When I was interviewing at a New York City interior design firm, the thing that set me apart from the other designers coming through the door was my expertise in being able to identify design periods. While some of these fresh designers could have told you the latest color trend, I could go out in the field to shop for a client and know the difference between a Georgian or a Neoclassical desk. It pays off to bring back exactly what the boss asked for on his shopping list. It also pays off to know the difference between antique and vintage or modern and contemporary. Antique refers to items made over 100 years ago, whereas vintage items only need to be 20 years old to claim that title. Modern is a design movement spanning roughly from the 1940s through the 60s, while contemporary refers to the here and now.
Without an understanding of design history and periods, your final interior design will be void of context. Every successful design plan has a strong concept, taking into account the lifestyle of the client and the architectural period of the home. (Hopefully, trends will be left out of the equation altogether.) The design should seek to increase function and livability while accentuating the details of the structure. For example, a turn-of-the-century Arts & Crafts bungalow would look lovely finished with a recommissioned William Morris wallpaper print, while a mid-century modern home could be updated with new terrazzo tile. These materials, while re-creations, feel at home in each of these periods. Both are also currently quite trendy, but that doesn’t mean they should be forced to live together in a 1940s Spanish Revival. Are you beginning to see the point?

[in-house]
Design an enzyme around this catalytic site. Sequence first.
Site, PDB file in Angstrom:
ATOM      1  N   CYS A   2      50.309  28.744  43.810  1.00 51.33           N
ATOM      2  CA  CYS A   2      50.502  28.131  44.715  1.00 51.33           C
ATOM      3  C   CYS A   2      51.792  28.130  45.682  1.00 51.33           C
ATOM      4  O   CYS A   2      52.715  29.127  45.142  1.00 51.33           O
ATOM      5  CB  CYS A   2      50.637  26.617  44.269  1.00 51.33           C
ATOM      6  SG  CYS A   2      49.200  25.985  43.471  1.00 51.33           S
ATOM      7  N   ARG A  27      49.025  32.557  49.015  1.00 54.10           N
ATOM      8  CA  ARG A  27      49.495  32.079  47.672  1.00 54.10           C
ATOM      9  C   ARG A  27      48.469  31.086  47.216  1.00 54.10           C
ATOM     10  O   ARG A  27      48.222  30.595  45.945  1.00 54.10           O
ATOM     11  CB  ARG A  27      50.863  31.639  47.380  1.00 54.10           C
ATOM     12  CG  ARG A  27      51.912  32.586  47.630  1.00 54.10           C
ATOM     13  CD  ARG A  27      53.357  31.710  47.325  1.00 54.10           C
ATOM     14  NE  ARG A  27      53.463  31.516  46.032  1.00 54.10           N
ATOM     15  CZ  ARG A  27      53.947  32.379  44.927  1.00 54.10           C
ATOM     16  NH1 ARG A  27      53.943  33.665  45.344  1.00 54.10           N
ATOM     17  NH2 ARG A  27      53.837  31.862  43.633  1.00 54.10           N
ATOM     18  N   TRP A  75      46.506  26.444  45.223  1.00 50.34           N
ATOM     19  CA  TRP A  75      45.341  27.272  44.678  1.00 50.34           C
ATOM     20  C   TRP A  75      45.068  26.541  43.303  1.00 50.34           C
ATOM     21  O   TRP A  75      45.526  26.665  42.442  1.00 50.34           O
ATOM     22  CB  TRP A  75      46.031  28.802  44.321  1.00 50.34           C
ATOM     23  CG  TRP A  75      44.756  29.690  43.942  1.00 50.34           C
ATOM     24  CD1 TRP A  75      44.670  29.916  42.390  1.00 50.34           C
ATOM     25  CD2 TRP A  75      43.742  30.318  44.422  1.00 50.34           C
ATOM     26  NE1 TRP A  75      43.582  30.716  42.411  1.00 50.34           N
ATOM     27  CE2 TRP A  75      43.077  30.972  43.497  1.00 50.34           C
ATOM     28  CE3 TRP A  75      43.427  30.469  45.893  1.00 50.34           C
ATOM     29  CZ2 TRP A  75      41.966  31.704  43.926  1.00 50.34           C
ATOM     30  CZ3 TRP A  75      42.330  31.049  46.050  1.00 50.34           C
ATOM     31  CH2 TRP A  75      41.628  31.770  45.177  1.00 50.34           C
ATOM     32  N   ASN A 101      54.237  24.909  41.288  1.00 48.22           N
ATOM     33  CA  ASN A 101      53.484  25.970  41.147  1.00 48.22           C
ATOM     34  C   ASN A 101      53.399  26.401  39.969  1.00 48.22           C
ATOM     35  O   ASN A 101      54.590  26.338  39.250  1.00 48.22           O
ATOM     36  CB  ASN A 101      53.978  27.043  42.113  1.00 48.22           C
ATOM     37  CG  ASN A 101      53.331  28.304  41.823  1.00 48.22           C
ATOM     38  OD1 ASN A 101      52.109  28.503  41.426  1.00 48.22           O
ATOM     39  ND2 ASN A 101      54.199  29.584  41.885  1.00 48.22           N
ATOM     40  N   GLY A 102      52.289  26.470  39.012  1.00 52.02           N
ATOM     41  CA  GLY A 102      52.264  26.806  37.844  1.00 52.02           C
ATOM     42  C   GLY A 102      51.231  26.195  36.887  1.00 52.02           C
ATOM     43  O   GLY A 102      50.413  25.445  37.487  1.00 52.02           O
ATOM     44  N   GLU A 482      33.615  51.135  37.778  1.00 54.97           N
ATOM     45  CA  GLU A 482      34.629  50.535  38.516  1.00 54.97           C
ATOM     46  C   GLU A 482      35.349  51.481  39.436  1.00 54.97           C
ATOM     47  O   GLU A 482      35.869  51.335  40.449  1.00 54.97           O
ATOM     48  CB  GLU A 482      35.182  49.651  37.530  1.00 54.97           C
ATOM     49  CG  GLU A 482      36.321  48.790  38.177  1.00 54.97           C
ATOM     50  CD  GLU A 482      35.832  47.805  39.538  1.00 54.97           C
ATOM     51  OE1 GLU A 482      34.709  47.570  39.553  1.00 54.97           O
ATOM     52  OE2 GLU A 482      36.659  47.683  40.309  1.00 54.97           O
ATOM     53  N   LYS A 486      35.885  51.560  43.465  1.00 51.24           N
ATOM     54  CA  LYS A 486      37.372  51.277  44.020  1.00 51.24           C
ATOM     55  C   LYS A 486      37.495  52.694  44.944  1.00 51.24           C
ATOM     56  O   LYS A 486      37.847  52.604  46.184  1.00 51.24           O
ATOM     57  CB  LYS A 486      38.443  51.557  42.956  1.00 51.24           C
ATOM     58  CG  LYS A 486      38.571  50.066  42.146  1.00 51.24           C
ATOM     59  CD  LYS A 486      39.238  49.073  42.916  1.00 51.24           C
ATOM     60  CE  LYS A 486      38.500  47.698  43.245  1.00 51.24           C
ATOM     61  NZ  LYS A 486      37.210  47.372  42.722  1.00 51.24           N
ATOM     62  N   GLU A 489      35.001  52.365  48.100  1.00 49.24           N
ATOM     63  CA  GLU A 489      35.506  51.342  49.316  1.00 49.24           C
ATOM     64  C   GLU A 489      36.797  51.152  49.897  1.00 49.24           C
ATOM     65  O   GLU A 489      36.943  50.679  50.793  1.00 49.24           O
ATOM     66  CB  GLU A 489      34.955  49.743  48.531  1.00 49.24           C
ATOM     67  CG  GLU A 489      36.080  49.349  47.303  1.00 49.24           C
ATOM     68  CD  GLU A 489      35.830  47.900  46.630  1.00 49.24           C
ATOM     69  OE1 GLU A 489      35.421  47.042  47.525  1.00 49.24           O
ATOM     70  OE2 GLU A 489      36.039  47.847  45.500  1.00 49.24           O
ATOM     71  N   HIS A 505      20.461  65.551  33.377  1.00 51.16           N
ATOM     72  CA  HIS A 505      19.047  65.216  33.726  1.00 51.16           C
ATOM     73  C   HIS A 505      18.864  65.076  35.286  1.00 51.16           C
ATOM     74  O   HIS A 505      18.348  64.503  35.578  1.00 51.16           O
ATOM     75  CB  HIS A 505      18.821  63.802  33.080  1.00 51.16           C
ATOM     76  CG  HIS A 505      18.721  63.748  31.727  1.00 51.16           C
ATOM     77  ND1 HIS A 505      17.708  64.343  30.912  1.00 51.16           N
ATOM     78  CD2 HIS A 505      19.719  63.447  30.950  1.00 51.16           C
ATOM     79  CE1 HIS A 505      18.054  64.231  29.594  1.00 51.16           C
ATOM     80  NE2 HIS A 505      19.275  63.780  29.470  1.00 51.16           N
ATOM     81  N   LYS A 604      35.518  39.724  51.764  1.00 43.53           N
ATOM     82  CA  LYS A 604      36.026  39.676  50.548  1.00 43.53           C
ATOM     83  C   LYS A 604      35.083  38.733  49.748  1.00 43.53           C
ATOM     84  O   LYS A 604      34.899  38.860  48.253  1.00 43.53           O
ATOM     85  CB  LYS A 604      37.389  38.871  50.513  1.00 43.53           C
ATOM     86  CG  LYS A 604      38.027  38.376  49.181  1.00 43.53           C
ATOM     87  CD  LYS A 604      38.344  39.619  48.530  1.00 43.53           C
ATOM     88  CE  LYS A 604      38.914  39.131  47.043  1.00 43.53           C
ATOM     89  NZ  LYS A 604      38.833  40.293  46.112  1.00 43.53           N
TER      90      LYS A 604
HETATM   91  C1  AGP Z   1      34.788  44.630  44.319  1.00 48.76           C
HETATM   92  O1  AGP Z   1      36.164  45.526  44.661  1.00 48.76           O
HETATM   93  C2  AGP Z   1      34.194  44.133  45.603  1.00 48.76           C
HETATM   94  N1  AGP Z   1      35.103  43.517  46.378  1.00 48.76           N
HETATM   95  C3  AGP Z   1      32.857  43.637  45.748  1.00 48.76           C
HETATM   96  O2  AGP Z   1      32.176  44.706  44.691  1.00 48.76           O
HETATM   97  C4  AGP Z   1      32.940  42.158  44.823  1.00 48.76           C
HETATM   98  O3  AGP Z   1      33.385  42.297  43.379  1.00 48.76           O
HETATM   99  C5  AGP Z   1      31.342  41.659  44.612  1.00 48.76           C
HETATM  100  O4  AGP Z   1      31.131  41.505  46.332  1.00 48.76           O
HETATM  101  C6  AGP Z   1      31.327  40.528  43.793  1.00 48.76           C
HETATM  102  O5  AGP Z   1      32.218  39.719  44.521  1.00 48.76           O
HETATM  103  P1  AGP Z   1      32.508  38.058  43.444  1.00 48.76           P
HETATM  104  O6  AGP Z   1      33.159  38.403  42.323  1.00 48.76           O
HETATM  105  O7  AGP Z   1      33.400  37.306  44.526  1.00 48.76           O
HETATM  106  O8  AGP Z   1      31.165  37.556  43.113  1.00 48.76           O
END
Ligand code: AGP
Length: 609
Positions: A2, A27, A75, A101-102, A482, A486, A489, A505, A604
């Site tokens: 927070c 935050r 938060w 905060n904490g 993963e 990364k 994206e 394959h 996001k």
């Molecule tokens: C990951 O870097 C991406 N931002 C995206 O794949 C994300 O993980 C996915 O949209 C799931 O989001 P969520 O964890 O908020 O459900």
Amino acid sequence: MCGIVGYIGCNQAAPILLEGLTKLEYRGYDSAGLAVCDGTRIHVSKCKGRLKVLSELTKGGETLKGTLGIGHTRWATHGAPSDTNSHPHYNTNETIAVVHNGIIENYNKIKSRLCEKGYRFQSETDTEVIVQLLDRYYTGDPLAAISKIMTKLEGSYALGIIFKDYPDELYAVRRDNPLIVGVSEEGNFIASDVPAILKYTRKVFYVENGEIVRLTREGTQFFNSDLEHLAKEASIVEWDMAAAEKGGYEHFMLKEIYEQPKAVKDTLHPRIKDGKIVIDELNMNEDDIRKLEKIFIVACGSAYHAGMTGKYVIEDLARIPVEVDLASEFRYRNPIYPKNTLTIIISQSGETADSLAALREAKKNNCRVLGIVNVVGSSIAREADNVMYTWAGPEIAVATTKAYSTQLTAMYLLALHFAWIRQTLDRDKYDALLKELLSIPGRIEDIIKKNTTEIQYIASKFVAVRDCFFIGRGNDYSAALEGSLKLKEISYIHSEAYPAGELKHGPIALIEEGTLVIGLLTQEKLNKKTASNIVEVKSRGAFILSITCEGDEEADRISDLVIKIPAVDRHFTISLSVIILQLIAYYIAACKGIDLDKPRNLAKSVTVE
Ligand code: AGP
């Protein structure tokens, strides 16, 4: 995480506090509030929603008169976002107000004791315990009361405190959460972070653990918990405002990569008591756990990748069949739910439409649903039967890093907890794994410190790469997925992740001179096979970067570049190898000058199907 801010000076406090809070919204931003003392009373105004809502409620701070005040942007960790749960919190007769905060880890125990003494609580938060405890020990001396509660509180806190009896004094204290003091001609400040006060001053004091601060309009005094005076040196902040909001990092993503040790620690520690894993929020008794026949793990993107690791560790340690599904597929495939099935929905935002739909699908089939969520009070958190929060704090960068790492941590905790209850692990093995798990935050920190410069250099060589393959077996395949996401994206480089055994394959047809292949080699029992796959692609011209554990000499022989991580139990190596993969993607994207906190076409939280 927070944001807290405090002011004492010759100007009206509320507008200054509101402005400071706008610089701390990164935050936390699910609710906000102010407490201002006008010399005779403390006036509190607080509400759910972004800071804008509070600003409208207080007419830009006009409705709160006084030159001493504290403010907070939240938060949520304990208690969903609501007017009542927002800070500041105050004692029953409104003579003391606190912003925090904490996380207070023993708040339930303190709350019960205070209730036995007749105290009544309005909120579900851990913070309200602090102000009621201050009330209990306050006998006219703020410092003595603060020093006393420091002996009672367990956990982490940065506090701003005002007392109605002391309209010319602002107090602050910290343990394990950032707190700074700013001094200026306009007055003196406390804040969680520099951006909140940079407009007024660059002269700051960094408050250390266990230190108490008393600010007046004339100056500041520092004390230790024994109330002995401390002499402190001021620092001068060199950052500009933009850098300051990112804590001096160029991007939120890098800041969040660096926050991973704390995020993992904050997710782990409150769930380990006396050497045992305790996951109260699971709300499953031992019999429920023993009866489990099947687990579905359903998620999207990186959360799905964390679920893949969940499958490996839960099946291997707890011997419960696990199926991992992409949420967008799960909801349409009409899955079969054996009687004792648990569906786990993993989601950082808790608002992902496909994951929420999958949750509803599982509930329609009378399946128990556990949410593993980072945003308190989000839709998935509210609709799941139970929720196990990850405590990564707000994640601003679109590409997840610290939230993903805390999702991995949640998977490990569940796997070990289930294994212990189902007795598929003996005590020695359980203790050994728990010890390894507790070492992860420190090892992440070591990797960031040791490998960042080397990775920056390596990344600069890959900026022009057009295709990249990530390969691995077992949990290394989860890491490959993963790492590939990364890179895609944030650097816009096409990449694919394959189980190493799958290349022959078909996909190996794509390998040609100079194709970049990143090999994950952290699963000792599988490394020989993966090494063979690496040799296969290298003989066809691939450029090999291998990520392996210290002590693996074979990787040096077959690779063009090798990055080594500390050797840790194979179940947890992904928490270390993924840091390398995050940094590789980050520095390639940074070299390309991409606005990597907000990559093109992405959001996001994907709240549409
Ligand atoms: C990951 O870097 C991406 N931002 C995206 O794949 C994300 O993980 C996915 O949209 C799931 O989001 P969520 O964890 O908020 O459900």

Your Design History 101 Homework
The next time you see a trend, question where it came from and how its period influence relates to your home and reflects your personal style. Every trend has come from somewhere, and styles tend to cycle. For example, the Art Deco movement of the 1930s made a gaudy resurgence in the 80s and is being reimagined today in a cleaner, more streamlined variation. However, all three iterations use brass, strong geometric lines, and lively colors. Just remember — before you hop on a trend, take time to know where it came from. The best interiors are historically informed.
Amity Worrel is an award-winning interior designer based in Austin, Texas. She has worked on high-end interior design projects for celebrities and tastemakers in NYC, LA, and the Bahamas. In 2008, Amity decided to bring her passion for diverse design back to her hometown of Austin. Her spaces pull from timeless design concepts ranging from coastal contemporary to cozy cottage to Austin eclectic. Emotional connections, functional flow, and a touch of humor remain central to every interior design scheme. Her work has been published in national and local publications, including The Wall Street Journal, House Beautiful, HGTV Magazine, Better Homes and Gardens, and Austin Home. In her free time, she loves perusing estate sales and diving into design history. Learn more about Amity.